U.S. bonds fared positively, with interest rates declining, as a result of the earlier-mentioned Fed comments, which markets took as lowering the bar for stimulus actions this year. Governments and corporates in the U.S. performed largely in line, while high yield outperformed along with risk assets. Foreign developed and emerging market bonds performed similarly in local terms, but a weaker dollar boosted returns by over a percent.
Commodities were mixed on the week, with precious metals and energy higher, while industrial metals lost ground. The price of crude oil gained roughly a percent to just a penny under $54/barrel, with sentiment continuing to be split between higher U.S. supplies and fears of global demand decline. As an indication of crude’s recent volatility, despite a double-digit decline in May, prices remain up nearly 20% year-to-date, while down almost -20% on a trailing one-year basis.
Through our relationship with Prestige Home Mortgage in Vancouver, Washington we originate residential and reverse mortgages. Check us out at https://beaconrrwa.com and our affiliated websites at https://reverse-mortgages.us and https://socialsecurityquestionsanswered4u.com.
Sources: Ryan M. Long, CFA, FocusPoint Solutions, American Association for Individual Investors (AAII), Associated Press, Barclays Capital, Bloomberg, Citigroup, Deutsche Bank, FactSet, Financial Times, FRED Economic Research, Freddie Mac, Goldman Sachs, JPMorgan Asset Management, Marketfield Asset Management, Morgan Stanley, MSCI, Morningstar, Northern Trust, Oppenheimer Funds, PIMCO, Standard & Poor’s, StockCharts.com, The Conference Board, Thomson Reuters, U.S. Bureau of Economic Analysis, U.S. Federal Reserve, Wall Street Journal, The Washington Post. Index performance is shown as total return, which includes dividends, with the exception of MSCI-EM, which is quoted as price return/excluding dividends. Performance for the MSCI-EAFE and MSCI-EM indexes is quoted in U.S. Dollar investor terms.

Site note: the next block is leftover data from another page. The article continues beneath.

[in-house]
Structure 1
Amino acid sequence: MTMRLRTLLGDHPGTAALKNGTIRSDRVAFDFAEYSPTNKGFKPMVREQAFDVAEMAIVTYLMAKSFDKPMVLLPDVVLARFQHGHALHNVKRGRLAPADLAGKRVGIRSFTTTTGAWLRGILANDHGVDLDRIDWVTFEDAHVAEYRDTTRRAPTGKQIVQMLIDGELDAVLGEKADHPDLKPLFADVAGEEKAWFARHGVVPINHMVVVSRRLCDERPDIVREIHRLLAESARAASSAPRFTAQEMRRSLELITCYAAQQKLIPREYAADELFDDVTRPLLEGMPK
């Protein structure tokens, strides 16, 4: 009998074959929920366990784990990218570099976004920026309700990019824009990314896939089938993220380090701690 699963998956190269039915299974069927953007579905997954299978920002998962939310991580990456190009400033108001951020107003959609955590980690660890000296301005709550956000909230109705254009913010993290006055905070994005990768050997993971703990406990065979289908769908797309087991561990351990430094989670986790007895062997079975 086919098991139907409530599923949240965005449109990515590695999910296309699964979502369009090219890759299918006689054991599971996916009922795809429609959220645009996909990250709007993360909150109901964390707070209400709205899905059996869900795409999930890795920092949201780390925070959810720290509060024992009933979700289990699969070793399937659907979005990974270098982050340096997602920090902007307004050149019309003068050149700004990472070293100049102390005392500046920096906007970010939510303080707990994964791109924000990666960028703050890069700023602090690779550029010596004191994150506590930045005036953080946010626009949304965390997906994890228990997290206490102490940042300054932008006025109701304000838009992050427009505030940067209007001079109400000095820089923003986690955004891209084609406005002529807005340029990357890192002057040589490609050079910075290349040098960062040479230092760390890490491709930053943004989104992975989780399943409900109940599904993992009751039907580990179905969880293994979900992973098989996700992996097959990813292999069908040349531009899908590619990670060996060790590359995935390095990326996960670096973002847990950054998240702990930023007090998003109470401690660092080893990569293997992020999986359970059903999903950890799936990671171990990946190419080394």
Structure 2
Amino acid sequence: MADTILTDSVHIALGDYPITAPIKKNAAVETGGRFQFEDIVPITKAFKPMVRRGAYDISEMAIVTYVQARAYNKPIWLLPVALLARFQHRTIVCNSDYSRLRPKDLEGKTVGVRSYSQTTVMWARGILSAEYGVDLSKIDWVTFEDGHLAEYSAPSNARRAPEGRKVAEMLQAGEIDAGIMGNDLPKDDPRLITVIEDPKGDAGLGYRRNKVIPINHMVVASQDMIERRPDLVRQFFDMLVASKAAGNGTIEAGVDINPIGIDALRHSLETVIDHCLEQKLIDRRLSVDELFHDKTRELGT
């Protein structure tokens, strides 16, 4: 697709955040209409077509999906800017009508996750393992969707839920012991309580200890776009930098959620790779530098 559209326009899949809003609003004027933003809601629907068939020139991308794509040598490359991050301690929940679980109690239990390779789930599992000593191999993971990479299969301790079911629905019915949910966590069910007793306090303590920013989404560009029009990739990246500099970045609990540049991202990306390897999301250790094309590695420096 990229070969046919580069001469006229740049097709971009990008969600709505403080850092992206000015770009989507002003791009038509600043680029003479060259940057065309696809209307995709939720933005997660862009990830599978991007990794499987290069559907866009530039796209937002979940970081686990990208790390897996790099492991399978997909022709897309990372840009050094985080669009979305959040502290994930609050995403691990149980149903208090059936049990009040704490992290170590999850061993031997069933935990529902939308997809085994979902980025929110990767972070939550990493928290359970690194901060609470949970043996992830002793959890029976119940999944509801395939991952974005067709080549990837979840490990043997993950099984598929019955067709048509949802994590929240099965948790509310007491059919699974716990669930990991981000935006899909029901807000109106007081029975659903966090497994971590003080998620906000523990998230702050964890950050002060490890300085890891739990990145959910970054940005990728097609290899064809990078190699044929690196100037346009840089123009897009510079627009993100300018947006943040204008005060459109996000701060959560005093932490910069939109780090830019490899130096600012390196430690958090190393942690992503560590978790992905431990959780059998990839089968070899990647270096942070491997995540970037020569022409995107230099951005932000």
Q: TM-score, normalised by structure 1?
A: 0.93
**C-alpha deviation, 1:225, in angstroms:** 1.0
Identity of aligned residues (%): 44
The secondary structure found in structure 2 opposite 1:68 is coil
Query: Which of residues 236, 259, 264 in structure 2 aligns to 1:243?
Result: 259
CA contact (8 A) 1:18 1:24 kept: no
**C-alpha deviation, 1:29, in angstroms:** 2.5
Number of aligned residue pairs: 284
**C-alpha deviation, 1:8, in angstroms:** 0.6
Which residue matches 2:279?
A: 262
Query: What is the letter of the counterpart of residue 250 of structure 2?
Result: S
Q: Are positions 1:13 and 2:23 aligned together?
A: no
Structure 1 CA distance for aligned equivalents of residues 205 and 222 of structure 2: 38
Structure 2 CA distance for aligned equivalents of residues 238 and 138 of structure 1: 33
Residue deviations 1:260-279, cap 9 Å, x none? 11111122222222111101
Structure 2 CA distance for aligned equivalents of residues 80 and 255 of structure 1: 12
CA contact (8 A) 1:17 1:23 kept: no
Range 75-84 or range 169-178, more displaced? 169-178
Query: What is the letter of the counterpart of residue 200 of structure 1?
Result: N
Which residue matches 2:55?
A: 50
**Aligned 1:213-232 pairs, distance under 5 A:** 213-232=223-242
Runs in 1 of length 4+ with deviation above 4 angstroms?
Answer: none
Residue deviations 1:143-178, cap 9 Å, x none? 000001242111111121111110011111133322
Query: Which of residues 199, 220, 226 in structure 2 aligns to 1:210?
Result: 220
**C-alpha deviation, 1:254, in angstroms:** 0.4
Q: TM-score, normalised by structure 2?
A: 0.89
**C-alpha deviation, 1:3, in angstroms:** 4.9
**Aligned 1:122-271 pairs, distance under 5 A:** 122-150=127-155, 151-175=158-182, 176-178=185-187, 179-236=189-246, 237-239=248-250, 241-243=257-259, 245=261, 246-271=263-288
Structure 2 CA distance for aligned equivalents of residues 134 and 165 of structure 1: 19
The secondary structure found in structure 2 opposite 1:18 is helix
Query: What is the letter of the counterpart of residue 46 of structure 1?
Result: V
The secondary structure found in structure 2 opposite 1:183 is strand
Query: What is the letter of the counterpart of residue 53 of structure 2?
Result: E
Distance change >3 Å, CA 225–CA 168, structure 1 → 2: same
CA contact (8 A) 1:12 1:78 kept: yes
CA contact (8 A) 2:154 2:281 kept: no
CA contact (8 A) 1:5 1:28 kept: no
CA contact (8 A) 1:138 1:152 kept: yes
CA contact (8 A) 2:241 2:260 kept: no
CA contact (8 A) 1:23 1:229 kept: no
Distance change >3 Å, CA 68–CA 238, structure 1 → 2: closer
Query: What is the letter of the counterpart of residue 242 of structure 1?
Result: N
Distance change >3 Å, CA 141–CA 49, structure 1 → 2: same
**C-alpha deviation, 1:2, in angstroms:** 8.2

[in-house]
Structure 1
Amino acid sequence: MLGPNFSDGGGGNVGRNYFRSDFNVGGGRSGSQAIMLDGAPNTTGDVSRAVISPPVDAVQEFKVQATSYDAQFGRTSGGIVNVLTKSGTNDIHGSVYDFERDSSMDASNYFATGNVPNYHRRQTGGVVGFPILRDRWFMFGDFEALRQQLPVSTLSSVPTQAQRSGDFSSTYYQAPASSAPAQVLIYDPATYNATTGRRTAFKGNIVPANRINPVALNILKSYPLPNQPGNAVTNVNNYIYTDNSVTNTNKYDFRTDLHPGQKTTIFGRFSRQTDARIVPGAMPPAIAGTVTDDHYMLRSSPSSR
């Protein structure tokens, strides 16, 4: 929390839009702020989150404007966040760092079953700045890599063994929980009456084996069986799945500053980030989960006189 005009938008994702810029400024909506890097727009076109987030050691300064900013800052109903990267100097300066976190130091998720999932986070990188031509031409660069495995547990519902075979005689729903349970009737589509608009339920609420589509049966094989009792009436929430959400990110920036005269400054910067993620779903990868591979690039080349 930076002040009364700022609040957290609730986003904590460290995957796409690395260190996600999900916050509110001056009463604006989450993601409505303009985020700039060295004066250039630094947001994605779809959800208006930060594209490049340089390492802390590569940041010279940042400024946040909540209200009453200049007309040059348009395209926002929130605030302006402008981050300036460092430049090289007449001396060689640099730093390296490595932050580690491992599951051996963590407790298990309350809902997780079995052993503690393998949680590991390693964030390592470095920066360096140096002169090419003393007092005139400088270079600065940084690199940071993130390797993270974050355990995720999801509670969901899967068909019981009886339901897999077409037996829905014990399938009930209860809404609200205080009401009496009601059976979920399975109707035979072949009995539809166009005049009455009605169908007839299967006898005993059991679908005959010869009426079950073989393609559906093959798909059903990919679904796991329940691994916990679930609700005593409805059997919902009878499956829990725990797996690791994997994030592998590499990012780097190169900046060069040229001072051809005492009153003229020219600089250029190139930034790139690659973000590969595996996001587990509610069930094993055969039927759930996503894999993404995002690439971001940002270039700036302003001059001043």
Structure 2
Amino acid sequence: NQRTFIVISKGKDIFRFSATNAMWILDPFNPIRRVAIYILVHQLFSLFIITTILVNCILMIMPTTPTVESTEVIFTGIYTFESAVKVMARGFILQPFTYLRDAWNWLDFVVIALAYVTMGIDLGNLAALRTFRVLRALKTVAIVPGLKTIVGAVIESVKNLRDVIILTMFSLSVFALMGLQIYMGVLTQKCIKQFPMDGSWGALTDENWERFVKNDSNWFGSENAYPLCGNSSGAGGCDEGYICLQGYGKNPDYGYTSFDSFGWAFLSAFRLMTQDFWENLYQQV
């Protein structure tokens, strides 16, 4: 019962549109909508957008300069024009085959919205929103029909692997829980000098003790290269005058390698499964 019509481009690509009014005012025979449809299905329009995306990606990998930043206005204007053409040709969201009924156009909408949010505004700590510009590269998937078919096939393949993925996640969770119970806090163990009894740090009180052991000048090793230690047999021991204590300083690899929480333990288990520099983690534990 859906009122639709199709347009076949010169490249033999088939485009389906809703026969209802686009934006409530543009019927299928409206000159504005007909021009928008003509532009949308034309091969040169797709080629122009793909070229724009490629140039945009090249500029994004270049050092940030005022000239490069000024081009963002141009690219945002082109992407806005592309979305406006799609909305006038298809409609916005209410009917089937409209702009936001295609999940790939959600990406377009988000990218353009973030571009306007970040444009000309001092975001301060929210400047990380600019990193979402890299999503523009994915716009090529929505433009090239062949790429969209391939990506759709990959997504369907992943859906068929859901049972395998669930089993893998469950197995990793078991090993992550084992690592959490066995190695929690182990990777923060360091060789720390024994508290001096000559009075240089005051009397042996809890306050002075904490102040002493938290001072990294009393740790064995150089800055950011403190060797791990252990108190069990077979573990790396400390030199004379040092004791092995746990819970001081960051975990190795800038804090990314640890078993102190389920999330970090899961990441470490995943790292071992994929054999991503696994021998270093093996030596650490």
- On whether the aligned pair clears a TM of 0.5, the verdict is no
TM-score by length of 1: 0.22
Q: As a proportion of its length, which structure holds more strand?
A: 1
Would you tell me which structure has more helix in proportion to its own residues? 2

The information above has been obtained from sources considered reliable, but no representation is made as to its completeness, accuracy or timeliness. All information and opinions expressed are subject to change without notice. Information provided in this report is not intended to be, and should not be construed as, investment, legal or tax advice; and does not constitute an offer, or a solicitation of any offer, to buy or sell any security, investment or other product. Residential and reverse mortgages are offered through Prestige Home Mortgage in Vancouver, WA.
Notes key: (+) positive/encouraging development, (0) neutral/inconclusive/no net effect, (-) negative/discouraging development.